House sitter a crucial cog in drug operation

Kate FieldingSouth Western Times
Police clear out the cannabis plants found inside the Millbridge home last year.
Camera IconPolice clear out the cannabis plants found inside the Millbridge home last year. Credit: Kate Fielding / South Western Times

Adrian Heaney’s job was simple – make a Millbridge home, in which every room bar one was converted into a hydroponic cannabis set up, look lived in.

The 65-year-old former Bunbury car salesman fulfilled his job for at least six months by keeping the Duncan Loop property’s front garden neat, playing with pet dogs outside and sometimes staying overnight.

Heaney was working on a car at the front of the home when police stormed the property on June 20 last year.

Police discovered about 150 plants and more than 6kg of cannabis material with an estimated street value of nearly $50,000.

Police clear out the cannabis plants found inside the Millbridge home last year.
Camera IconPolice clear out the cannabis plants found inside the Millbridge home last year. Credit: Kate Fielding / South Western Times

Electricity to the home was being diverted and police also found drying racks, watering systems and garbage bags full of cannabis clippings and offcuts with the set up described as a “sophisticated, large scale criminal enterprise”.

Police believe the house had been operating for two years with a potential harvest every four to six weeks.

After being arrested and charged by police with cultivating and possessing cannabis with intent to sell or supply, Heaney refused to provide any further evidence to help police and in particular who was described as “Mr Big”.

Those details were revealed when Heaney was sentenced in Perth District Court on Wednesday.

Inside the Millbridge home.
Camera IconInside the Millbridge home. Credit: Supplied / WA Police

Defence lawyer Helen Prince said the turn of events that led to Heaney being the caretaker of the property was a “tragedy” after Heaney spent years looking after his unwell mother and brother.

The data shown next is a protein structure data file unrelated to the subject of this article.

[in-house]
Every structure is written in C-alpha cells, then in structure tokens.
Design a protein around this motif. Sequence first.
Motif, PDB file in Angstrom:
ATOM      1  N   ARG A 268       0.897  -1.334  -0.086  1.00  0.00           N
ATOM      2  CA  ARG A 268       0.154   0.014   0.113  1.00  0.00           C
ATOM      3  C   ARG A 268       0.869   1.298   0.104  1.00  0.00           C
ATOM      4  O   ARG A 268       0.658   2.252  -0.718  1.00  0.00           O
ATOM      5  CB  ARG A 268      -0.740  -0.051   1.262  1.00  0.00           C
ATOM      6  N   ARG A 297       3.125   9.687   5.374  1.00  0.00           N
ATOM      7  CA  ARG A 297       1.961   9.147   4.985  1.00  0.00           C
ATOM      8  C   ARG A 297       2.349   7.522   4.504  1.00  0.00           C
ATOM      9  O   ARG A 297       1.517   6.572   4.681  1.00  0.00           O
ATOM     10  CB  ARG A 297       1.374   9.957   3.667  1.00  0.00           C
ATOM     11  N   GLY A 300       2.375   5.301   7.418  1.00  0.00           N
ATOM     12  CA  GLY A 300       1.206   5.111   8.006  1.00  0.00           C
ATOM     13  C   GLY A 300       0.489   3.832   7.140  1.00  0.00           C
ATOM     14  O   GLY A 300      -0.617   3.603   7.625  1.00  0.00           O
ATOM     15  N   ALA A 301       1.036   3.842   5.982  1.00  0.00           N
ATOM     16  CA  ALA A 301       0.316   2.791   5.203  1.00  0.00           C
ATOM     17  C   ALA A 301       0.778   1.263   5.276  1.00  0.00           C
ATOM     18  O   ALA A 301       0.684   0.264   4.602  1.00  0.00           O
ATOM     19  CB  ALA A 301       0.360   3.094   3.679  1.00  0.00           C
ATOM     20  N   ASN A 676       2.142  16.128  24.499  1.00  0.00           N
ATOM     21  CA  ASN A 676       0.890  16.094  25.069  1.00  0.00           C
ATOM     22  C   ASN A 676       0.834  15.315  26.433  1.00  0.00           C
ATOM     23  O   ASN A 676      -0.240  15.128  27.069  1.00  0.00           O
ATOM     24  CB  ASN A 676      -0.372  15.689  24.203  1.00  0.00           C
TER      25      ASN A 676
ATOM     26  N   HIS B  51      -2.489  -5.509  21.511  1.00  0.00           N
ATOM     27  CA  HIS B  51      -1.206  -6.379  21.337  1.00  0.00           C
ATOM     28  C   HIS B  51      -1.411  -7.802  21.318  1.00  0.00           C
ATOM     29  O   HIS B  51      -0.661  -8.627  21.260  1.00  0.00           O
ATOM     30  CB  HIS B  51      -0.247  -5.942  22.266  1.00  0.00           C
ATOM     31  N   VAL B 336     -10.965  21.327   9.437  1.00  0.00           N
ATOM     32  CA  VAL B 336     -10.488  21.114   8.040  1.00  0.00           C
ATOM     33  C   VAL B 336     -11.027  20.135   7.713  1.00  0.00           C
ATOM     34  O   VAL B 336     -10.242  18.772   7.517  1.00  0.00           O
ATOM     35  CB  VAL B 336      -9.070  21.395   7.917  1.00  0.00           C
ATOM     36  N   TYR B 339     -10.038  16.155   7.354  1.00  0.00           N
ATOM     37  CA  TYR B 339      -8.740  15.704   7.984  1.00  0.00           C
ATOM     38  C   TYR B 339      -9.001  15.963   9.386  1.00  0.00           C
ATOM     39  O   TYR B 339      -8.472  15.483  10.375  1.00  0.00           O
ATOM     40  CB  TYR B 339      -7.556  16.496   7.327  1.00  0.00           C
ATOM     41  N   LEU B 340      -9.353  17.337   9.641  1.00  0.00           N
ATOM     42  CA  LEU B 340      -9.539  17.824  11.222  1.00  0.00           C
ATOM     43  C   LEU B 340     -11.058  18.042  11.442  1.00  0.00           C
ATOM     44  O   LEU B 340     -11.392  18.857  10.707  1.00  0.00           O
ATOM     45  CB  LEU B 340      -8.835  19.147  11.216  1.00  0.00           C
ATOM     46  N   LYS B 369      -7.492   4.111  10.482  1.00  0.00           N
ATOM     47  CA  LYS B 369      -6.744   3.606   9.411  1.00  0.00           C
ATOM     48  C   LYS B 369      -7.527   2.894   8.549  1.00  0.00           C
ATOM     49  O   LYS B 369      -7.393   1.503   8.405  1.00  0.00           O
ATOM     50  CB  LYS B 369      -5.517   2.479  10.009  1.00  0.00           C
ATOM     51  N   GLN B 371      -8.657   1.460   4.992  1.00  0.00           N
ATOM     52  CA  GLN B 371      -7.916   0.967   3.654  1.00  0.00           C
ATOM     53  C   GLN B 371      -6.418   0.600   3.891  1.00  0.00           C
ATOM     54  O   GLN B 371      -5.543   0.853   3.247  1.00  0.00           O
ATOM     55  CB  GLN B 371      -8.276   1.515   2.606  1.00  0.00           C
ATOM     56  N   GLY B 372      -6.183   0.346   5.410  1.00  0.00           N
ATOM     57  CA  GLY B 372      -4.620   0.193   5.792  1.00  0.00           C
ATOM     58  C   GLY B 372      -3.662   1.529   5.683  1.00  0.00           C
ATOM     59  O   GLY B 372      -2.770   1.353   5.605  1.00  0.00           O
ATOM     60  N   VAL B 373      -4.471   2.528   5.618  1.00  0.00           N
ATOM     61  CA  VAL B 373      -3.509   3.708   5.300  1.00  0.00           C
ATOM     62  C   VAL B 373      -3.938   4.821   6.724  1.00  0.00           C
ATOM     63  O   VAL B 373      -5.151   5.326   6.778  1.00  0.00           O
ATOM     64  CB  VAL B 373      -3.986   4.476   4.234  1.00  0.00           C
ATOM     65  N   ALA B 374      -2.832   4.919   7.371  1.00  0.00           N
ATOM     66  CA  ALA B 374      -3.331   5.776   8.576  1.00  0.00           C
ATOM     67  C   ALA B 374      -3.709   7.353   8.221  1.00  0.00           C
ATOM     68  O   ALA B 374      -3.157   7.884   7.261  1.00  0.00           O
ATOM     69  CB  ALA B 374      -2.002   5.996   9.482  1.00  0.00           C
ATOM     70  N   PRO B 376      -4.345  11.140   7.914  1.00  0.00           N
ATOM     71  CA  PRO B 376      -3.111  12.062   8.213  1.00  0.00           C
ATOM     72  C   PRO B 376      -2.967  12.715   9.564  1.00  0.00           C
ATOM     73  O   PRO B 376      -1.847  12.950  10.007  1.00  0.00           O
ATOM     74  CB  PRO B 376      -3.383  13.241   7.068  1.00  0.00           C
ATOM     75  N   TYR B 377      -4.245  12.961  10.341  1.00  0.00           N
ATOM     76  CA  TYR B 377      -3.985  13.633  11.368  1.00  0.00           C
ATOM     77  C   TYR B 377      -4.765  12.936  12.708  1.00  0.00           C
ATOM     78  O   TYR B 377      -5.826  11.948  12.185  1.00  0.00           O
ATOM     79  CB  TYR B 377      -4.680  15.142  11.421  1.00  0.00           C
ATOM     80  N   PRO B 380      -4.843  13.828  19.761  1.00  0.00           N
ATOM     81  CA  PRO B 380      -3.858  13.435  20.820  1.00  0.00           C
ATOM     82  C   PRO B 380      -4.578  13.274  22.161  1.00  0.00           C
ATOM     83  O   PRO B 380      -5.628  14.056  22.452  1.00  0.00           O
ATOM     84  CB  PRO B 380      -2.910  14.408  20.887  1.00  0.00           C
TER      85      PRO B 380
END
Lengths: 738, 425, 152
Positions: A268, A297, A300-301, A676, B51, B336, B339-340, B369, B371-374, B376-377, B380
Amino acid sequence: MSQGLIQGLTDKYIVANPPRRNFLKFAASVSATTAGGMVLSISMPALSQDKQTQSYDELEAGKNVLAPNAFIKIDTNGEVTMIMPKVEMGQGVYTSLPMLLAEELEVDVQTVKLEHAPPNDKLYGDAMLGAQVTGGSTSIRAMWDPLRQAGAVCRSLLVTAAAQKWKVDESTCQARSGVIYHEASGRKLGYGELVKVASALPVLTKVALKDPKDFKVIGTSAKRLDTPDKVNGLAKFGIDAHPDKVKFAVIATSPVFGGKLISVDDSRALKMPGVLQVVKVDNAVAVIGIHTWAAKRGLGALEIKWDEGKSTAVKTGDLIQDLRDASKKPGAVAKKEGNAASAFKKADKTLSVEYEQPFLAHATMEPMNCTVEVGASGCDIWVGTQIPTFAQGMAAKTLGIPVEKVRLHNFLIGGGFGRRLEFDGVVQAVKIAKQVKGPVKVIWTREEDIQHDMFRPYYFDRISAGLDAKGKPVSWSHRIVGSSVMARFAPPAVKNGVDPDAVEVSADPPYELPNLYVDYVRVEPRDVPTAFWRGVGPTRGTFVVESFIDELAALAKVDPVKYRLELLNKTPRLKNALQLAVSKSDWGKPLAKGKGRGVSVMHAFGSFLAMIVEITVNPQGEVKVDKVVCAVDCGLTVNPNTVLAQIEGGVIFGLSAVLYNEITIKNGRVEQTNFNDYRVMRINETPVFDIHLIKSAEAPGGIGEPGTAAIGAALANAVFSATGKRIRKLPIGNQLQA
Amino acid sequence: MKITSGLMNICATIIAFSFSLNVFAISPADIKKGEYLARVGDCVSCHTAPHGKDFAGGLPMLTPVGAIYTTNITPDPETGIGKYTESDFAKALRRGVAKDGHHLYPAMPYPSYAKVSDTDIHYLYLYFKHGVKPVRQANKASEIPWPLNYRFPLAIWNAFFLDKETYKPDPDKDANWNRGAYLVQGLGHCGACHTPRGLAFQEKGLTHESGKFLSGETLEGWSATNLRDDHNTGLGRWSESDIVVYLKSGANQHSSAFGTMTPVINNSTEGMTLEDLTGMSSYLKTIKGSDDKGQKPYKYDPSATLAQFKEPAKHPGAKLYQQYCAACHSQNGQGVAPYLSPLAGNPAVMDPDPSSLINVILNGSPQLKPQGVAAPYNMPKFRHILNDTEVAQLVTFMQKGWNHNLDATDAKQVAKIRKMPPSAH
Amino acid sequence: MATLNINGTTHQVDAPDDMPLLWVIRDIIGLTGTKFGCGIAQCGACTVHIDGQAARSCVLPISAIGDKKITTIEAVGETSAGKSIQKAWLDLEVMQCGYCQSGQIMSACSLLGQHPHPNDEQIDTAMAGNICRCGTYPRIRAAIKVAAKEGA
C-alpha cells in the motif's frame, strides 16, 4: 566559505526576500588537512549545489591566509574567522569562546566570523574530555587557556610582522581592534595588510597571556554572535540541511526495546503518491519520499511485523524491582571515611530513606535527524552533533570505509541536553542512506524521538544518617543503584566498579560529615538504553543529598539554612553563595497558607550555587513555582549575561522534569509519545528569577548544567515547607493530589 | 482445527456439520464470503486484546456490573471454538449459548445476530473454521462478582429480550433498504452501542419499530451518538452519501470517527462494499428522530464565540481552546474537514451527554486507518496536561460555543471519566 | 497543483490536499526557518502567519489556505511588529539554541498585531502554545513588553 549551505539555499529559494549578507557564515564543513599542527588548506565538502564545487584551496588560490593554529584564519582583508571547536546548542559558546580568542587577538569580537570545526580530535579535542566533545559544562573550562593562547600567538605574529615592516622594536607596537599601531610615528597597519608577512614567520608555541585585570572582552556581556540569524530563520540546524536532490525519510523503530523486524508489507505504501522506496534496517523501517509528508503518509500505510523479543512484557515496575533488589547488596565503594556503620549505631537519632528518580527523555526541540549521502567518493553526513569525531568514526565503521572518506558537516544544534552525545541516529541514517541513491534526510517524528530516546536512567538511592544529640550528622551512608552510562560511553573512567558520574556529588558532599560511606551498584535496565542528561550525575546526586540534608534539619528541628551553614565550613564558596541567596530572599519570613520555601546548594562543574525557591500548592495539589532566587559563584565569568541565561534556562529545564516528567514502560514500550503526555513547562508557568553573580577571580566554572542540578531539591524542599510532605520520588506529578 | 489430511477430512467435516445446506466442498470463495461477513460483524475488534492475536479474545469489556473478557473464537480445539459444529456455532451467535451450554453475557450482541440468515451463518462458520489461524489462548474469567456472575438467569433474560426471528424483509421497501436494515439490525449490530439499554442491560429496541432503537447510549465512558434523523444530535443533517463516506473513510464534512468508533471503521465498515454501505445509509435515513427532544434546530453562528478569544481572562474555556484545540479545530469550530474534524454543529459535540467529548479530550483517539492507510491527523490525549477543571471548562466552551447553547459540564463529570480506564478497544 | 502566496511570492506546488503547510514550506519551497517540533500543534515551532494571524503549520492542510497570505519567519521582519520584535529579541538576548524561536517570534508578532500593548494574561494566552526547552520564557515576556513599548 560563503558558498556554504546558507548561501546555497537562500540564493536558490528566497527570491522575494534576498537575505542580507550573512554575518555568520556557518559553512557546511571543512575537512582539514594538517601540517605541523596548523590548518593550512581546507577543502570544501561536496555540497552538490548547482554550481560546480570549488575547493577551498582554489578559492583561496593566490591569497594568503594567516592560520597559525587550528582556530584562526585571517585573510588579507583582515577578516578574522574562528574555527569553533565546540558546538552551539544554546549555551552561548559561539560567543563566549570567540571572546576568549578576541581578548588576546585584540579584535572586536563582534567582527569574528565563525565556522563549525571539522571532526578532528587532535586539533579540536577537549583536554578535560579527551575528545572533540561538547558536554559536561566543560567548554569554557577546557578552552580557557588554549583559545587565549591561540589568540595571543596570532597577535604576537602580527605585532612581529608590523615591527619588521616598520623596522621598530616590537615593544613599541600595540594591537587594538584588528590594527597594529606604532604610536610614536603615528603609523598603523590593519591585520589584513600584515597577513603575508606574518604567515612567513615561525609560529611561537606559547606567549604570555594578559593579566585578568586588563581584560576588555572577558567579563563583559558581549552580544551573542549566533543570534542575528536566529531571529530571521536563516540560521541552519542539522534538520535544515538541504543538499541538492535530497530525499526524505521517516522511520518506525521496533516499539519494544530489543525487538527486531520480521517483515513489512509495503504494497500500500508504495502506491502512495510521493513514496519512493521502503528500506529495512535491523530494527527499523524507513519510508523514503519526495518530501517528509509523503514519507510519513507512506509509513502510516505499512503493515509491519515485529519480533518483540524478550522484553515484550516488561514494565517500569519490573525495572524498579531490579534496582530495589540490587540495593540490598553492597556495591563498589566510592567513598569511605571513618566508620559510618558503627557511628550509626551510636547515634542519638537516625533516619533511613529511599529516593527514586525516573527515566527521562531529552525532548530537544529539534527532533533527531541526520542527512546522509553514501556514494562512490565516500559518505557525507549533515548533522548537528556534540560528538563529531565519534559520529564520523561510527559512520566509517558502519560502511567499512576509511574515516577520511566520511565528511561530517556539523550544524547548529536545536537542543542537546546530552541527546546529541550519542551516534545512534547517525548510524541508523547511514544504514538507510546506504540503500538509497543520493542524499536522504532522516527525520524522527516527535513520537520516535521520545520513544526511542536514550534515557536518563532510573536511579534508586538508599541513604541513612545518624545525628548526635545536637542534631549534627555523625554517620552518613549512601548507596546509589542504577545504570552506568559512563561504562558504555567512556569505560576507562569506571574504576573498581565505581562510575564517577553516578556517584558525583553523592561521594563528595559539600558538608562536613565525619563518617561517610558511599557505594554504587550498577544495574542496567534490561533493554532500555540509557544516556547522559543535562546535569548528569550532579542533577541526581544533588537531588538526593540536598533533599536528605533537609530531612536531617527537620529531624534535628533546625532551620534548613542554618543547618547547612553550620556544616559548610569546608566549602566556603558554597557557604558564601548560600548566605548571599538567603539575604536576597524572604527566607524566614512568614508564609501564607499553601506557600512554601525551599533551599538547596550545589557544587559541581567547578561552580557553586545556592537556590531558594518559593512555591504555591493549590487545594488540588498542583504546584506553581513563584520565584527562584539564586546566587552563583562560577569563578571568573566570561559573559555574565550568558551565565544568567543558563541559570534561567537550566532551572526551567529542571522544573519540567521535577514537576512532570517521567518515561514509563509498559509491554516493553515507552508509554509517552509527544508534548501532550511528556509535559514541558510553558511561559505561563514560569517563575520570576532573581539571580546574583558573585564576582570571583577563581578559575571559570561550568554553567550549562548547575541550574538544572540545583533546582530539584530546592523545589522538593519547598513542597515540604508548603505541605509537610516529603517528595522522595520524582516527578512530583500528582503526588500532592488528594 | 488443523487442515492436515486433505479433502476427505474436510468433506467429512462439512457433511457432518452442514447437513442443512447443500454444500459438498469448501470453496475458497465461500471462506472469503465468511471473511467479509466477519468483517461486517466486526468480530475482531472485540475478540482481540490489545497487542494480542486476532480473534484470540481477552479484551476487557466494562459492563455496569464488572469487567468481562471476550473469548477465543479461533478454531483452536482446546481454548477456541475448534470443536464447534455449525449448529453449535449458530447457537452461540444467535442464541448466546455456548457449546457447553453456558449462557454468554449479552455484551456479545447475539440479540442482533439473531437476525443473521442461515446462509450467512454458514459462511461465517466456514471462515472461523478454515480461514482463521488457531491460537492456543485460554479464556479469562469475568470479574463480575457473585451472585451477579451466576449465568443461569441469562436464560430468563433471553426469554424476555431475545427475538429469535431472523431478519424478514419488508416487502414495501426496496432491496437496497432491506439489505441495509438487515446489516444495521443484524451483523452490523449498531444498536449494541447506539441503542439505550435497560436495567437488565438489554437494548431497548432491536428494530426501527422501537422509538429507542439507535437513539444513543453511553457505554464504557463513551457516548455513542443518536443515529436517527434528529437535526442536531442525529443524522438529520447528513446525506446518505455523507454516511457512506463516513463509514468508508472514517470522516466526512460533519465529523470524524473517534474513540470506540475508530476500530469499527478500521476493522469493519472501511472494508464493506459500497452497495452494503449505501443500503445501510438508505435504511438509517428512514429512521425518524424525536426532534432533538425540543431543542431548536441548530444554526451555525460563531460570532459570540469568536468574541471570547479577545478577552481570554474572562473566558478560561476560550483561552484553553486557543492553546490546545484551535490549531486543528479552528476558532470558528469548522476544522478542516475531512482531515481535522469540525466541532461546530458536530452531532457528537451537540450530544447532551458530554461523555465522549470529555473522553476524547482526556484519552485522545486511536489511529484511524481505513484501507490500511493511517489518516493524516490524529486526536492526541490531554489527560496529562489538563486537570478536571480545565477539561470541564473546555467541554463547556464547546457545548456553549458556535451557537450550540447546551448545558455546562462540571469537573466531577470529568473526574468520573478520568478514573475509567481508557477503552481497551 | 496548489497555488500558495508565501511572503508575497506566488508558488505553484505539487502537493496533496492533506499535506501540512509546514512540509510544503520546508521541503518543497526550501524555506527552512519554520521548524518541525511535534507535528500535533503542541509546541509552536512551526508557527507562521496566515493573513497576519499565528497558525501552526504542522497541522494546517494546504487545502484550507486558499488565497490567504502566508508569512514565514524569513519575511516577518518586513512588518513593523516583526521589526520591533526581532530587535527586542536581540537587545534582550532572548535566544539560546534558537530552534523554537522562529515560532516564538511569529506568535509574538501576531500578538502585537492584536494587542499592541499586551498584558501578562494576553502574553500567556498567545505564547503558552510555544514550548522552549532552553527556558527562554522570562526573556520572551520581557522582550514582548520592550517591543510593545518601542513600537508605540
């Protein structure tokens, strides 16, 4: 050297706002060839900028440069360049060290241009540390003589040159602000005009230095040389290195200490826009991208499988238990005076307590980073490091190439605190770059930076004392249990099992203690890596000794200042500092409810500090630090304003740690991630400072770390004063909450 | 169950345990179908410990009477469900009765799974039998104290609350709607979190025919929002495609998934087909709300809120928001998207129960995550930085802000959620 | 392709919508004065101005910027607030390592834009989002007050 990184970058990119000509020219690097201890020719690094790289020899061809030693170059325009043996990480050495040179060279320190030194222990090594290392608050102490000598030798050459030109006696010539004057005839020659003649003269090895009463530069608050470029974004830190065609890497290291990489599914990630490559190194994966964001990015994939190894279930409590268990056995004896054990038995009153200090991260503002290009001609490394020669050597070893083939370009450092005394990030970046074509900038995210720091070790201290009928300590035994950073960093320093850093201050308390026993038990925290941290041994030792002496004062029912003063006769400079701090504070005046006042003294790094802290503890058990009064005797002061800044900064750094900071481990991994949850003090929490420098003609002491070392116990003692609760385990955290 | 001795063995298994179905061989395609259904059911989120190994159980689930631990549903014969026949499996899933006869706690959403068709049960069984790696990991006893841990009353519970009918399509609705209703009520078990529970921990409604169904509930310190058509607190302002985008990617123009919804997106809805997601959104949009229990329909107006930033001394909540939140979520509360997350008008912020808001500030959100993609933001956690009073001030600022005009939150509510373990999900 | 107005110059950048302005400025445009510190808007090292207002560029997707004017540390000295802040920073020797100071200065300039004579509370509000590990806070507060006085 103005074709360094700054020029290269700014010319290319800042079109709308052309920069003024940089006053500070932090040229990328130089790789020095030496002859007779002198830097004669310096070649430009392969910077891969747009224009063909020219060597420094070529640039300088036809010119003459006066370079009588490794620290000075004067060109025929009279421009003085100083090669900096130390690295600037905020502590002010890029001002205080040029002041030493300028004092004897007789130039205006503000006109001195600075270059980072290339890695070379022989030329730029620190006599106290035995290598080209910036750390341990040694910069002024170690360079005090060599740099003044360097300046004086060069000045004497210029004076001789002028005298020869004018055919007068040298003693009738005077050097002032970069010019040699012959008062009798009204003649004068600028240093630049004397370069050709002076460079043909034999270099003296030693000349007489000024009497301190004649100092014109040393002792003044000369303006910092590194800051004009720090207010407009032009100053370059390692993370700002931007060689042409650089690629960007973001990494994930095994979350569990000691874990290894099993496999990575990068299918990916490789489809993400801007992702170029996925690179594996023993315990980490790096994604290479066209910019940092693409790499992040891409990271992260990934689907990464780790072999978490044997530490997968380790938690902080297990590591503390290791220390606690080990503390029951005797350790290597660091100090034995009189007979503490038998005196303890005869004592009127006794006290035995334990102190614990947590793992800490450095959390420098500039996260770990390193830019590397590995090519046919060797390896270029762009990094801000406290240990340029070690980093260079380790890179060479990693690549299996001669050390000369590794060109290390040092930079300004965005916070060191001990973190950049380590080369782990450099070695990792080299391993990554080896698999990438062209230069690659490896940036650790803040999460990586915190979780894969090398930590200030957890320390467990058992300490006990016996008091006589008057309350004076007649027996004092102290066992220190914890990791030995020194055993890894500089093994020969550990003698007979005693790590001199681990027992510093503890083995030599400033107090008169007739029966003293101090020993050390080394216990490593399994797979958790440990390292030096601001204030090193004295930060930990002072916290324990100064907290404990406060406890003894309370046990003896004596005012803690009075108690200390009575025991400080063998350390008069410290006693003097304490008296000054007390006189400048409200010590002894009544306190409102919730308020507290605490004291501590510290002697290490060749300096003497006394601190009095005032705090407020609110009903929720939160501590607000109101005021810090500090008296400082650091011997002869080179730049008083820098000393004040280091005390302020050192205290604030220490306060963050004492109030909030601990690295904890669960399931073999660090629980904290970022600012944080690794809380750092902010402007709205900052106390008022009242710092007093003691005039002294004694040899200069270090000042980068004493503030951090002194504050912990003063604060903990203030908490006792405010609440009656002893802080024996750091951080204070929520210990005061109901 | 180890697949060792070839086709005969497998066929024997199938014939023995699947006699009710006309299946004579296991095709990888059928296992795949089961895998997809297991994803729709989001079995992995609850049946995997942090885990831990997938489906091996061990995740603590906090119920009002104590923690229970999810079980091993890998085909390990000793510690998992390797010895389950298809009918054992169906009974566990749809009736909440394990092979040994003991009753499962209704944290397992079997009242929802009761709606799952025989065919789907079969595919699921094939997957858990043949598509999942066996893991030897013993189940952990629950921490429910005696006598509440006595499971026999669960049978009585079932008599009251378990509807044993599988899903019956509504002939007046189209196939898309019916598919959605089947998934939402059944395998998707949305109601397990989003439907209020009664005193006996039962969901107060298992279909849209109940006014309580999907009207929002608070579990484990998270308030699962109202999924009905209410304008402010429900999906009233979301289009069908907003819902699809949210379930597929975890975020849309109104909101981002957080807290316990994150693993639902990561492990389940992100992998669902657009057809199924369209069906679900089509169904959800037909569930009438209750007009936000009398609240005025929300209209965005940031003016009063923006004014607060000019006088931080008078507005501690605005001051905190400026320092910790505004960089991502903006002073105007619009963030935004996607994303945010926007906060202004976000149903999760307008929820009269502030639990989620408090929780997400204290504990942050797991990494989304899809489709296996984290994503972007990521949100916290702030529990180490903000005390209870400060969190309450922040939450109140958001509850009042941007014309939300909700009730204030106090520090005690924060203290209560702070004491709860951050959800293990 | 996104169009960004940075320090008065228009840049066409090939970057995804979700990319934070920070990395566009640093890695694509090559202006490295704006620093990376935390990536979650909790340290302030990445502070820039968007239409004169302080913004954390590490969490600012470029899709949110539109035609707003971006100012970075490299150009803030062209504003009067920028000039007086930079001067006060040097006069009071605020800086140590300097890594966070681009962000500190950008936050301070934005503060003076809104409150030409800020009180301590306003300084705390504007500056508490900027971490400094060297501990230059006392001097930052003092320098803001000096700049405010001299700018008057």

Ms Prince said Heaney was working as a used car salesman but was not getting paid when he was “offered this opportunity”.

She said Heaney initially turned a blind eye to the operation, but within a couple of weeks he realised what was actually going on.

She argued that a psychological report showed Heaney was vulnerable, but Judge Mark Herron refused to accept Heaney’s vulnerability was “different to anybody else” and said there was no mental health condition that appeared relevant to the offending.

Ms Prince said a number of “glowing” reference letters showed Heaney was “well thought of” and someone who was engaged in the community.

Judge Herron said Heaney’s involvement was over a long period of time, he was aware of the significant commercial operation and he played an important role that was likely to continue “indefinitely into the future”.

State prosecutor Daniel Harrop said that while Heaney had no active role in physically growing or distributing cannabis, he was still an integral part of the operation.

“A message needs to be sent to the community that if you take any part in serious drug offending of this kind, you will be dealt with severely by the law,” Mr Harrop said.

Heaney will spend at least six months behind bars after he was sentenced to 12 months jail and made eligible for parole.

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